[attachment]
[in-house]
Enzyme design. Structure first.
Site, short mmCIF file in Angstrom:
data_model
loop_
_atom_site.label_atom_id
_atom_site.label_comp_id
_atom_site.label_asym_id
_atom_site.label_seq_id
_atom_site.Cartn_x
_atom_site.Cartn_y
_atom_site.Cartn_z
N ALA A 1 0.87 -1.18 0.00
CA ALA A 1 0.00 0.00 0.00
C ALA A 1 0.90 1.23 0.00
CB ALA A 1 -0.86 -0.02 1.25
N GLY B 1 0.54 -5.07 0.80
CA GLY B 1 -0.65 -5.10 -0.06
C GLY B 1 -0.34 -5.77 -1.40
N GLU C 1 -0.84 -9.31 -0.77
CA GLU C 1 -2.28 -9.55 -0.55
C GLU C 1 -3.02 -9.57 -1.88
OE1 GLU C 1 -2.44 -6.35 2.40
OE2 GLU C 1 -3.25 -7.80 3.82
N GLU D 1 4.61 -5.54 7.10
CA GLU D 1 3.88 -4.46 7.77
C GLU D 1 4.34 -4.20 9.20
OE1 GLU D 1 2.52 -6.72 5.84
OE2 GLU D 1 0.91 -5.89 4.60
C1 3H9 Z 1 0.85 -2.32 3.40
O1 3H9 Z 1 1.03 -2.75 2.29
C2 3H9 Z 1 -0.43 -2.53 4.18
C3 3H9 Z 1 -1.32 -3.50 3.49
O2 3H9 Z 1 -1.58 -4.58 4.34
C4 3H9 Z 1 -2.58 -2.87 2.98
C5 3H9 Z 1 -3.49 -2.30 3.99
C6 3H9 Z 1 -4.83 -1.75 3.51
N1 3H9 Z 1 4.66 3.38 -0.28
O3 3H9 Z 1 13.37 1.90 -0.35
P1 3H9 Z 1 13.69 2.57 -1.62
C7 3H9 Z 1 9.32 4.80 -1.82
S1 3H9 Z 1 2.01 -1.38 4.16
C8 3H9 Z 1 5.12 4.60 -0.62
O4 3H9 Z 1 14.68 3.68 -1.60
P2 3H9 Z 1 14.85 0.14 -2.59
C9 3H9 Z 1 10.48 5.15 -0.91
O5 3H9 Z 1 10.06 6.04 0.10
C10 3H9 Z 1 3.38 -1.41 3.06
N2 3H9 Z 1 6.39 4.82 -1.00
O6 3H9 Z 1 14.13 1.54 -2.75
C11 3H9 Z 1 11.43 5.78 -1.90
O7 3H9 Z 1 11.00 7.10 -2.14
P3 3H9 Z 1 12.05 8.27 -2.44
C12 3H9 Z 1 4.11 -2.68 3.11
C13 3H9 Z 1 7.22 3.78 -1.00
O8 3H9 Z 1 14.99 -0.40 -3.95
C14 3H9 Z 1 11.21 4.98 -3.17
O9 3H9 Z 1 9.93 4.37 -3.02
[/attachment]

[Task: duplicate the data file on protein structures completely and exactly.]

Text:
[in-house]
Enzyme design. Structure first.
Site, short mmCIF file in Angstrom:
data_model
loop_
_atom_site.label_atom_id
_atom_site.label_comp_id
_atom_site.label_asym_id
_atom_site.label_seq_id
_atom_site.Cartn_x
_atom_site.Cartn_y
_atom_site.Cartn_z
N ALA A 1 0.87 -1.18 0.00
CA ALA A 1 0.00 0.00 0.00
C ALA A 1 0.90 1.23 0.00
CB ALA A 1 -0.86 -0.02 1.25
N GLY B 1 0.54 -5.07 0.80
CA GLY B 1 -0.65 -5.10 -0.06
C GLY B 1 -0.34 -5.77 -1.40
N GLU C 1 -0.84 -9.31 -0.77
CA GLU C 1 -2.28 -9.55 -0.55
C GLU C 1 -3.02 -9.57 -1.88
OE1 GLU C 1 -2.44 -6.35 2.40
OE2 GLU C 1 -3.25 -7.80 3.82
N GLU D 1 4.61 -5.54 7.10
CA GLU D 1 3.88 -4.46 7.77
C GLU D 1 4.34 -4.20 9.20
OE1 GLU D 1 2.52 -6.72 5.84
OE2 GLU D 1 0.91 -5.89 4.60
C1 3H9 Z 1 0.85 -2.32 3.40
O1 3H9 Z 1 1.03 -2.75 2.29
C2 3H9 Z 1 -0.43 -2.53 4.18
C3 3H9 Z 1 -1.32 -3.50 3.49
O2 3H9 Z 1 -1.58 -4.58 4.34
C4 3H9 Z 1 -2.58 -2.87 2.98
C5 3H9 Z 1 -3.49 -2.30 3.99
C6 3H9 Z 1 -4.83 -1.75 3.51
N1 3H9 Z 1 4.66 3.38 -0.28
O3 3H9 Z 1 13.37 1.90 -0.35
P1 3H9 Z 1 13.69 2.57 -1.62
C7 3H9 Z 1 9.32 4.80 -1.82
S1 3H9 Z 1 2.01 -1.38 4.16
C8 3H9 Z 1 5.12 4.60 -0.62
O4 3H9 Z 1 14.68 3.68 -1.60
P2 3H9 Z 1 14.85 0.14 -2.59
C9 3H9 Z 1 10.48 5.15 -0.91
O5 3H9 Z 1 10.06 6.04 0.10
C10 3H9 Z 1 3.38 -1.41 3.06
N2 3H9 Z 1 6.39 4.82 -1.00
O6 3H9 Z 1 14.13 1.54 -2.75
C11 3H9 Z 1 11.43 5.78 -1.90
O7 3H9 Z 1 11.00 7.10 -2.14
P3 3H9 Z 1 12.05 8.27 -2.44
C12 3H9 Z 1 4.11 -2.68 3.11
C13 3H9 Z 1 7.22 3.78 -1.00
O8 3H9 Z 1 14.99 -0.40 -3.95
C14 3H9 Z 1 11.21 4.98 -3.17
O9 3H9 Z 1 9.93 4.37 -3.02